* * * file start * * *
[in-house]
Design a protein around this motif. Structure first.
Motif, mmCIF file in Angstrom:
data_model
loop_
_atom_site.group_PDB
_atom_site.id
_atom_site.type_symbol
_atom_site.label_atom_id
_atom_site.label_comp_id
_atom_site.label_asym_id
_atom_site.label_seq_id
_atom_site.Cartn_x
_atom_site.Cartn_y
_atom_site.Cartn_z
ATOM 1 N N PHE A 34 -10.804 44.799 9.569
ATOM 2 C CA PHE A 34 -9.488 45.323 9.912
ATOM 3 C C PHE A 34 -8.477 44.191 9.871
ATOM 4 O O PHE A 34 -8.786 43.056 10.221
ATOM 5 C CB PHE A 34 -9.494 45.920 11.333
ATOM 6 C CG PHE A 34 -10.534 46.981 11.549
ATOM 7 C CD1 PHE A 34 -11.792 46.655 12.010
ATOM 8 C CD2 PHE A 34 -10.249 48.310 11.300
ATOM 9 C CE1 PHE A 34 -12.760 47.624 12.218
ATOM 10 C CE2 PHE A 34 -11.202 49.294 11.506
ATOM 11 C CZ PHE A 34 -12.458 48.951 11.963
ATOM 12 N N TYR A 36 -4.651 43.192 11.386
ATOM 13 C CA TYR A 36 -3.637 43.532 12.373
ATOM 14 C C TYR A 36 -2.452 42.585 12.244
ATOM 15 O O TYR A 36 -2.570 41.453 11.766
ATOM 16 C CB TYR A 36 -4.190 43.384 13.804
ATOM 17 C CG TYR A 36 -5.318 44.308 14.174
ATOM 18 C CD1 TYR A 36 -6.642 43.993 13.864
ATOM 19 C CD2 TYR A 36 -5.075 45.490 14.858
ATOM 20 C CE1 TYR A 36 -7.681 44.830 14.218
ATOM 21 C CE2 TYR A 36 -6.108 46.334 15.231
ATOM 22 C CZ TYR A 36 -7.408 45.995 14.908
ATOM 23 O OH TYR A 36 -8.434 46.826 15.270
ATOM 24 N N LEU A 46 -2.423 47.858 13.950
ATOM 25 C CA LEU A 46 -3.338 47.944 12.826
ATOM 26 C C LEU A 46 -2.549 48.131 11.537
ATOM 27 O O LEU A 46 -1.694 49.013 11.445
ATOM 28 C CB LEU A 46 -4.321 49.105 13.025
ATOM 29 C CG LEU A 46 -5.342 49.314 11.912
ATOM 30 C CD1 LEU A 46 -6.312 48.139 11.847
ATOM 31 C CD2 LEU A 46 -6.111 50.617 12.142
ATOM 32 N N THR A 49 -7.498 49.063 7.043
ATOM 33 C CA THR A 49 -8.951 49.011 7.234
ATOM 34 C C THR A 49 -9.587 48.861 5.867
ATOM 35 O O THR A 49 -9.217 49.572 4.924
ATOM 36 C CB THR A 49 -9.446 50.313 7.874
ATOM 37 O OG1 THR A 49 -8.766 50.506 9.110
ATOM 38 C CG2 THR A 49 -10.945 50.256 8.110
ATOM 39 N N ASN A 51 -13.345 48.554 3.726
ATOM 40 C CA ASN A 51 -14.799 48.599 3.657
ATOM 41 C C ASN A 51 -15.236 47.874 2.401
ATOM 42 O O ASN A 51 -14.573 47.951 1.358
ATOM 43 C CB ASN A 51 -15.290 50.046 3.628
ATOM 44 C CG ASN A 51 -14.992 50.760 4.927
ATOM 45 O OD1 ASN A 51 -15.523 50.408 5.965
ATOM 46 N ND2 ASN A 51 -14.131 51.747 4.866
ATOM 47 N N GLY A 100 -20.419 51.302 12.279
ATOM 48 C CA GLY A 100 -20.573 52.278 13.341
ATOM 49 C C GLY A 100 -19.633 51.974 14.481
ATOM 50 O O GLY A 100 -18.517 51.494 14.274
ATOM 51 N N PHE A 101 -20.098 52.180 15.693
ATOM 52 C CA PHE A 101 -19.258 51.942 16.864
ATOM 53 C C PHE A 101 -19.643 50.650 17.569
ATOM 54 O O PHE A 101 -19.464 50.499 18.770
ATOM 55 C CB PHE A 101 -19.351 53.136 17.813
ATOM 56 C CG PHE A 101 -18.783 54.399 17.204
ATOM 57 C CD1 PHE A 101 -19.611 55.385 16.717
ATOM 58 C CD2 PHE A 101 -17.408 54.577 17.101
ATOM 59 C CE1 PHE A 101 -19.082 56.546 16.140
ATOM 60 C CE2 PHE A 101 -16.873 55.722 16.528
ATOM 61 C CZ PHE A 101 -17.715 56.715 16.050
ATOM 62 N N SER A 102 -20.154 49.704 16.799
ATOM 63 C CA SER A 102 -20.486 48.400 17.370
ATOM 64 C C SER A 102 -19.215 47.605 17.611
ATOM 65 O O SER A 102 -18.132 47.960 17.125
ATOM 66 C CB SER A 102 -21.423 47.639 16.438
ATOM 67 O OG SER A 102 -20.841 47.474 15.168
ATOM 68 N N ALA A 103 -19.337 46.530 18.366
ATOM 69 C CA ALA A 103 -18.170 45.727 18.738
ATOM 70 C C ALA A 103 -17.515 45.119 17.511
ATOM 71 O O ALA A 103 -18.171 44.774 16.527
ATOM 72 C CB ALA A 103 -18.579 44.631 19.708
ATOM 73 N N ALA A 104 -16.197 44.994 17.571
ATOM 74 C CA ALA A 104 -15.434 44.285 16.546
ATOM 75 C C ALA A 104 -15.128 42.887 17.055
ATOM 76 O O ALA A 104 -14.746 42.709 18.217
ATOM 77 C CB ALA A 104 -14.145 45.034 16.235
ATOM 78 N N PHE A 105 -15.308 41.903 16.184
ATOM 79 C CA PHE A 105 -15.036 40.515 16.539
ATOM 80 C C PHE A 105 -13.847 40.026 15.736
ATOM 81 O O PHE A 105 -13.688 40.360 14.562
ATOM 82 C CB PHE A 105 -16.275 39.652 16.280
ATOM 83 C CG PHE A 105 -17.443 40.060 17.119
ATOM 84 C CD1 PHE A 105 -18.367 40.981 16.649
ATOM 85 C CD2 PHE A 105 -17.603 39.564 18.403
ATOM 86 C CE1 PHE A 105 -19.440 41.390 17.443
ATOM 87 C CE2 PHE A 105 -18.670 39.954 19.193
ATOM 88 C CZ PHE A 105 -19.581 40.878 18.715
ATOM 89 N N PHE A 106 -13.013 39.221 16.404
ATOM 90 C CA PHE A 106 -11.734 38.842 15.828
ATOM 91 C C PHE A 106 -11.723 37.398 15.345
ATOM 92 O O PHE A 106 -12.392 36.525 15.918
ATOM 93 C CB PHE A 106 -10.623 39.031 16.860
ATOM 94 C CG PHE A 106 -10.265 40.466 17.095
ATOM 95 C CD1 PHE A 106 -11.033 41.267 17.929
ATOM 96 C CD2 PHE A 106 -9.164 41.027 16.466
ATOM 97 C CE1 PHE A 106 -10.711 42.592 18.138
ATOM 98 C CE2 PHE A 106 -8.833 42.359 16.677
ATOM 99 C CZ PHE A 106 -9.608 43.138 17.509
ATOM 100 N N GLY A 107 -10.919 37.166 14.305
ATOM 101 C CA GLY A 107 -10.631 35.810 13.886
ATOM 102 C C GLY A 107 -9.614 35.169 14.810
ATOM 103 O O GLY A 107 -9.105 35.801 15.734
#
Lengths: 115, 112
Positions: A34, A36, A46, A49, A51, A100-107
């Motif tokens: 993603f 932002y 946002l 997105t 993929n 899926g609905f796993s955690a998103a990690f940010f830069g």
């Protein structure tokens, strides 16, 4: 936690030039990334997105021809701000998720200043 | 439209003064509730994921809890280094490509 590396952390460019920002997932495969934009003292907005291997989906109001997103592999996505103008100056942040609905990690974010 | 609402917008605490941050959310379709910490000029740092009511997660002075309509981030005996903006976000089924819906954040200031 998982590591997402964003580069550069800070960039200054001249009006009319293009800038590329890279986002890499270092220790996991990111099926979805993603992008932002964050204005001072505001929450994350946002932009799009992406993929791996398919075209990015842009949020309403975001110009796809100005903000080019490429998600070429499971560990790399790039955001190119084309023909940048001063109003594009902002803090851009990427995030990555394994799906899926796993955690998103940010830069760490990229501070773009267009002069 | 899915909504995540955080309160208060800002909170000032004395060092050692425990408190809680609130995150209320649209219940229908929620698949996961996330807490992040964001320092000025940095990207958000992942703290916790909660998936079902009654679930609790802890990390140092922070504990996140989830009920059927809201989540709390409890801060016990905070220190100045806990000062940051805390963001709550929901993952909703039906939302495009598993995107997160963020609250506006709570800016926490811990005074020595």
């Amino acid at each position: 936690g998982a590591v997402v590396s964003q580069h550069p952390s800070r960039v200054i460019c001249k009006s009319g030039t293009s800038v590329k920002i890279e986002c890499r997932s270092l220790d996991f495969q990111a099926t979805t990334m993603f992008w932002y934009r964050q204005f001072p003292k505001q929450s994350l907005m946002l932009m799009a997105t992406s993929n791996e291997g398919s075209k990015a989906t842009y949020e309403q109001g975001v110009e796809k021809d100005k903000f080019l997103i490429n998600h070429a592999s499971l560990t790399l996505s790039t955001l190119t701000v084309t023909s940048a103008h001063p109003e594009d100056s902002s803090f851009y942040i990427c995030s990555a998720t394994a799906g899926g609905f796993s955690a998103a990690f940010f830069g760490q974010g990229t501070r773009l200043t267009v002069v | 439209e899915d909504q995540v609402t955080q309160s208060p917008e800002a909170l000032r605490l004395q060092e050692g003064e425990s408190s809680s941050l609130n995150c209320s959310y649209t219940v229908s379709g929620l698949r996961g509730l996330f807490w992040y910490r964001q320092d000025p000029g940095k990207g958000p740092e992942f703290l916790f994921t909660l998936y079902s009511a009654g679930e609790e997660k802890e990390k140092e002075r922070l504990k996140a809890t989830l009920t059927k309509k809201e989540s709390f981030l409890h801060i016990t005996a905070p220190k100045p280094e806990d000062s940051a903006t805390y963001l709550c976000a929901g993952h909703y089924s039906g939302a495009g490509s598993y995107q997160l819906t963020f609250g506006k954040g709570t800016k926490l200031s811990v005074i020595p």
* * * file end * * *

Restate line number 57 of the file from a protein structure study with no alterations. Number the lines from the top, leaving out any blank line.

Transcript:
ATOM 42 O O ASN A 51 -14.573 47.951 1.358